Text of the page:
|Loons are starting to molt|
By the time they head out to the Atlantic Ocean for the winter they will be drab gray all over - no need to impress the opposite sex if it's not mating season!
I saw our resident pair out in the very middle of the lake grooming themselves; it was a calm day and the lake was speckled with small feathers drifting gracefully along.
There were a few other animals out on the lake enjoying the calm, warm summer day, including Canada Geese and this Painted Turtle relaxing on a rock in a sunny spot.
|Painted Turtle (Chrysemys picta)|
Did you notice its shy friend poking its nose up from behind the rock?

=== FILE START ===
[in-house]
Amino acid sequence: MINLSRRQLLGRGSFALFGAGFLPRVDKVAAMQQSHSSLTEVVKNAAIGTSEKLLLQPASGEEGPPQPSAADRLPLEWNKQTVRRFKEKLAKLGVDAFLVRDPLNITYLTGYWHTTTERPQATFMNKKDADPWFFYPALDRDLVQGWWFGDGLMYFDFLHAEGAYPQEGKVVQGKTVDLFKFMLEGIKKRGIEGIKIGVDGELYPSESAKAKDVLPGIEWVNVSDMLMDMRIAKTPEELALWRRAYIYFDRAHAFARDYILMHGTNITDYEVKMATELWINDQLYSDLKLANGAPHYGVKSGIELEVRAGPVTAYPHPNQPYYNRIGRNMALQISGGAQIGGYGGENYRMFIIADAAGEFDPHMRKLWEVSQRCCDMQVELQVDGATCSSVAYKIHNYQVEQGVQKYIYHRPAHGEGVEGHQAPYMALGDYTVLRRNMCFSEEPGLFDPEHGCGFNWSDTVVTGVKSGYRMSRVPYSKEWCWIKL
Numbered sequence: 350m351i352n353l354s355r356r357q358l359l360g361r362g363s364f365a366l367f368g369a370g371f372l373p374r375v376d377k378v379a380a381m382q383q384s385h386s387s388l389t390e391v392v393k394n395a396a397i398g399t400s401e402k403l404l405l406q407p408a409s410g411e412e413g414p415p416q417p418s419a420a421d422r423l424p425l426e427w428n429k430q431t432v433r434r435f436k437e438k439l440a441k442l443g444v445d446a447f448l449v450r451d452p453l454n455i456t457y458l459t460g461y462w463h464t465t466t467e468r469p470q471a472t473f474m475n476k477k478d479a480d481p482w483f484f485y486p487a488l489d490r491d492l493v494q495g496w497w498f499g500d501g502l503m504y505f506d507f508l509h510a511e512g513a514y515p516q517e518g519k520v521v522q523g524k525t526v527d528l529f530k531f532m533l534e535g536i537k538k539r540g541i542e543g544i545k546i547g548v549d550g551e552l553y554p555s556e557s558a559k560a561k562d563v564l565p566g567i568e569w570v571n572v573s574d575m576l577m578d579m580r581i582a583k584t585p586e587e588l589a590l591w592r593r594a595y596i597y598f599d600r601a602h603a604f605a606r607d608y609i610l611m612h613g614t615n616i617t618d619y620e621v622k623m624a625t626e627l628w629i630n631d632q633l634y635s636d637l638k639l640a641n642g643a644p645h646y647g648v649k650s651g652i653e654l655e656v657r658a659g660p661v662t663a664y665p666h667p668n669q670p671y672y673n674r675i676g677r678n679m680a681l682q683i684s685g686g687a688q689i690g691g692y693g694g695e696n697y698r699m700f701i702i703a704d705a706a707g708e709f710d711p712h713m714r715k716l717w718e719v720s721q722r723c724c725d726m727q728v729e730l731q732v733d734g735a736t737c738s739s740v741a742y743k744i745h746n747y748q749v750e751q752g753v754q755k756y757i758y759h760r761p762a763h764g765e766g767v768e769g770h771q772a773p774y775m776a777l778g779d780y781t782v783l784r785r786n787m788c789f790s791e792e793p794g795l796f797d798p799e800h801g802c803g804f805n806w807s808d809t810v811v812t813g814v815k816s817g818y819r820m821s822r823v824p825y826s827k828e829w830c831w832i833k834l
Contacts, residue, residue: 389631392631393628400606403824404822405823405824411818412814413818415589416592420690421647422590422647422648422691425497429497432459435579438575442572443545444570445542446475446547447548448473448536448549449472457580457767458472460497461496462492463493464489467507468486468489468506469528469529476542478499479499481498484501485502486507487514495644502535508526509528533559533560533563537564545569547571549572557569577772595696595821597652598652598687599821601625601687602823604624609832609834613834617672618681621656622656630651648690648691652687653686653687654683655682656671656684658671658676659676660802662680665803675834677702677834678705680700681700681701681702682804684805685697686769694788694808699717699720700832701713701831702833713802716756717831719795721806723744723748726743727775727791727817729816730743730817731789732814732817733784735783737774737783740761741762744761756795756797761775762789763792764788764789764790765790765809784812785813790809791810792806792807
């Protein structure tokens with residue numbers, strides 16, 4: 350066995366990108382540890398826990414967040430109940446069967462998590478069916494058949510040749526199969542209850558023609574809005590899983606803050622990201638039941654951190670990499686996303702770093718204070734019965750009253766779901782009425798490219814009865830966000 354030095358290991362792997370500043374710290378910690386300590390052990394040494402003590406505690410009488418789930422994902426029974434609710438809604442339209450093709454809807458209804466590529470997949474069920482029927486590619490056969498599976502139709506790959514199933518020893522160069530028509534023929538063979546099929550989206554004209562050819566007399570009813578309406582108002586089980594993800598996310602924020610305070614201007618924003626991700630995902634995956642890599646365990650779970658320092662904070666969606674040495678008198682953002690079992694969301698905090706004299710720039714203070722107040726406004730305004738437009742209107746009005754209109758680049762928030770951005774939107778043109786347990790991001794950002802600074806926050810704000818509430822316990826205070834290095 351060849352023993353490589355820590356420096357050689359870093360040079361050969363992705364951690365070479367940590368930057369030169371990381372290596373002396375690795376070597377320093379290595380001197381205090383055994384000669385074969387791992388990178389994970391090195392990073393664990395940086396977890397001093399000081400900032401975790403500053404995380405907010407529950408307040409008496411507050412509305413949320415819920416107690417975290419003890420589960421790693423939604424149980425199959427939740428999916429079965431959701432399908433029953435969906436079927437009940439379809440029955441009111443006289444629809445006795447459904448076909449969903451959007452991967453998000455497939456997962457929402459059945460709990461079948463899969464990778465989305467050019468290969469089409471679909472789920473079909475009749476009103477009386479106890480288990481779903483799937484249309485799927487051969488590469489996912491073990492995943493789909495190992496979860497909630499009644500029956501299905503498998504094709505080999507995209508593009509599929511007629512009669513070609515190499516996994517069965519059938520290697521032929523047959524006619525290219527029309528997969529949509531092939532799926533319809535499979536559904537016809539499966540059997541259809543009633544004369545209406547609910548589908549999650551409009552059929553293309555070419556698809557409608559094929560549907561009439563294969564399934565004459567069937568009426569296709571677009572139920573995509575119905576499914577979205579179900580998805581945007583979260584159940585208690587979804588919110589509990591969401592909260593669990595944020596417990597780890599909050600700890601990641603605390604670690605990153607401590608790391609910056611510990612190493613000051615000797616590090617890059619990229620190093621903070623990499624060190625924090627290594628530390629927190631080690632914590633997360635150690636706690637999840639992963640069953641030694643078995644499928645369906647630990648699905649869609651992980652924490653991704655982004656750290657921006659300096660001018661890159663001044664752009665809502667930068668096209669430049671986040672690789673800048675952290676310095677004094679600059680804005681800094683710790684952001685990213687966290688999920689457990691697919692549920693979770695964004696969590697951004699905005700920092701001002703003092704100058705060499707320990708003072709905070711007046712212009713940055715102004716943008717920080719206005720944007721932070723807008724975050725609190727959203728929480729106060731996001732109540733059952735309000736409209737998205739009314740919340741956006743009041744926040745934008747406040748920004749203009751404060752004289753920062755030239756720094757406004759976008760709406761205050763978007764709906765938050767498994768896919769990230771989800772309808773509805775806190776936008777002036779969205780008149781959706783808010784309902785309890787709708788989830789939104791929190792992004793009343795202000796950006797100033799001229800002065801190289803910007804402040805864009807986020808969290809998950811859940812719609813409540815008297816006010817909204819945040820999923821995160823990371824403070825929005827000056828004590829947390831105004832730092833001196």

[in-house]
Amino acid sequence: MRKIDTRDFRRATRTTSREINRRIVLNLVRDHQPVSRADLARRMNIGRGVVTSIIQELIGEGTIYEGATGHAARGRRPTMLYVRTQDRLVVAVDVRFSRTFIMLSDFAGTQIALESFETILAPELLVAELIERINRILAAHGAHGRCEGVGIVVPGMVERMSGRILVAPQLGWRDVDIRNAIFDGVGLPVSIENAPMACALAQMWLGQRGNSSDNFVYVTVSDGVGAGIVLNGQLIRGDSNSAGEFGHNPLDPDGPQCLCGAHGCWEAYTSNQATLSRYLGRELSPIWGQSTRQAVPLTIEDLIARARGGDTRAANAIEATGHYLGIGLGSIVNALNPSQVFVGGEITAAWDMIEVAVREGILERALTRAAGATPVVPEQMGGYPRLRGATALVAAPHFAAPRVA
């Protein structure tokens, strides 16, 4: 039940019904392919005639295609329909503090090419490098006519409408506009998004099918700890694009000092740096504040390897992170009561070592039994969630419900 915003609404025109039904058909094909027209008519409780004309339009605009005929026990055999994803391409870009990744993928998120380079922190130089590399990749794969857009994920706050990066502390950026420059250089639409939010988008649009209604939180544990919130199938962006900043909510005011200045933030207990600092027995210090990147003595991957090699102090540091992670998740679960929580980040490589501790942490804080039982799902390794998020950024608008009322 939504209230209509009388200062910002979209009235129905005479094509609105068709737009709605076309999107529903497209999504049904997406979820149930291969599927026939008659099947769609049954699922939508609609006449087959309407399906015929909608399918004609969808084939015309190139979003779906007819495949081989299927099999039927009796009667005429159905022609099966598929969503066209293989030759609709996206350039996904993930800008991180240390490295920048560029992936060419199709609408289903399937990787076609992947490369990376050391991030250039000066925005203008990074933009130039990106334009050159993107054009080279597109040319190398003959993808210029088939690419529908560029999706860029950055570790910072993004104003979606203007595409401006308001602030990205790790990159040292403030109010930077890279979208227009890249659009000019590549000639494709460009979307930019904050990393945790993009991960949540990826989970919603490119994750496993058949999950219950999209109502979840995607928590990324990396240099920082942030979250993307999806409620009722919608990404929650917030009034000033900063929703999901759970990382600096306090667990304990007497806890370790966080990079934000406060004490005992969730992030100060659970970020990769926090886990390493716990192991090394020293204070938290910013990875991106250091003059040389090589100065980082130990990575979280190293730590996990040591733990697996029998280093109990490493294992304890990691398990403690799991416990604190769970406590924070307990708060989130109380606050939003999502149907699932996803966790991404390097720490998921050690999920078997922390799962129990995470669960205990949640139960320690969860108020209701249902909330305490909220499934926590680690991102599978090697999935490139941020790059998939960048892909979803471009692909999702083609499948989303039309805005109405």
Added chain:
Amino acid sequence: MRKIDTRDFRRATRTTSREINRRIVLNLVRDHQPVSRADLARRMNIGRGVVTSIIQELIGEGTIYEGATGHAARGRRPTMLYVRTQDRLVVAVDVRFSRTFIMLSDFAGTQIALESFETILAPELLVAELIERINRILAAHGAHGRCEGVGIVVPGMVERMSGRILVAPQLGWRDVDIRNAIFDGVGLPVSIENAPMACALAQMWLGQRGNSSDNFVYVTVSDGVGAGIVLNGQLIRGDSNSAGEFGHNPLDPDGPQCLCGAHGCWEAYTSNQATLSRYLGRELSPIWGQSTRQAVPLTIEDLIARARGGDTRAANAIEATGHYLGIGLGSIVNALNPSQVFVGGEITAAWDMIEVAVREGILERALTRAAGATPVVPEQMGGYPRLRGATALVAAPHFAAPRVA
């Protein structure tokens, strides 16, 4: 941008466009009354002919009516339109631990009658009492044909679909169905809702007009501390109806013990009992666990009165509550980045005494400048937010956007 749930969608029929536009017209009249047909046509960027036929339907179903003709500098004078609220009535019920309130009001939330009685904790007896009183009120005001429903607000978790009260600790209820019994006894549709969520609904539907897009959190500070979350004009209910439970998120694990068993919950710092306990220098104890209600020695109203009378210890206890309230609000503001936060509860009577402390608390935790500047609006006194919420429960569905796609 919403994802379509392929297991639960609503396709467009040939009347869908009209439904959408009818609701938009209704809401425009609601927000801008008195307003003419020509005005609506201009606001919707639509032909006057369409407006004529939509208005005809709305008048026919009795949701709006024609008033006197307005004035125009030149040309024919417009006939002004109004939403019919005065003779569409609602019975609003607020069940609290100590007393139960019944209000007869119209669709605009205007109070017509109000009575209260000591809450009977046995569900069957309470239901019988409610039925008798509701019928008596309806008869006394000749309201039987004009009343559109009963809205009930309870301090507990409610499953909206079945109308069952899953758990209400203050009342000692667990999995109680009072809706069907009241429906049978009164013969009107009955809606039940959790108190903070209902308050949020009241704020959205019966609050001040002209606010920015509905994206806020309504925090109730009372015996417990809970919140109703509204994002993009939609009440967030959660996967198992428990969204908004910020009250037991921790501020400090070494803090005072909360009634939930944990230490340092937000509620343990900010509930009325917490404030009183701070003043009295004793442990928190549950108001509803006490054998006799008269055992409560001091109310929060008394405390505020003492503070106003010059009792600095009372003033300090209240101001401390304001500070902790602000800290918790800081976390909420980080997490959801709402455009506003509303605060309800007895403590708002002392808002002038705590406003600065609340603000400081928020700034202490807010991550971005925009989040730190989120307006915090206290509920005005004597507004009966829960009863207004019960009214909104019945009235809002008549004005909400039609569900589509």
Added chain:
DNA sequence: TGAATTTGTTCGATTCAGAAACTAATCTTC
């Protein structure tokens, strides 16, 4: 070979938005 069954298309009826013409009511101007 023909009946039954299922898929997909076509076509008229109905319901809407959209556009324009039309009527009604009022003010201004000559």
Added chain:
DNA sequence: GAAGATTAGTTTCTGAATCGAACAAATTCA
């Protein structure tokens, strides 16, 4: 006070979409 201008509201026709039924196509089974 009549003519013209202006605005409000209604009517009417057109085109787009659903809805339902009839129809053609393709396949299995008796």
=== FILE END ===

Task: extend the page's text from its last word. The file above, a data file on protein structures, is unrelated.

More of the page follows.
The flora is much more flamboyant in displaying their autumnal changes than the animals - no need for them to be discreet. Winterberry has matured into its bright red color which really stands out and will last well into winter - unless the birds eat them all first.
|Winterberry (Ilex Verticillata)|
The fruit on the Mapleleaf Viburnum is not so bright, but just as distinctive.
|Mapleleaf Viburnum (Viburnum acerifolium)|
This fruit, like the winterberry, is not considered edible, but is a food source for many birds as well as mammals.
The foliage around the Lakes Region is still in the early stages of their change as seen from this view from the White Mountain Ledge in the Hamlin Conservation Area.
|Even to the north there is little color in the trees|
But many of the loners are already rebelling against summer, proclaiming their autumnal independence from the laws of photosynthesis.
|A lone maple makes a rebellious statement in the Chemung Forest with Ladd Mountain watching from afar|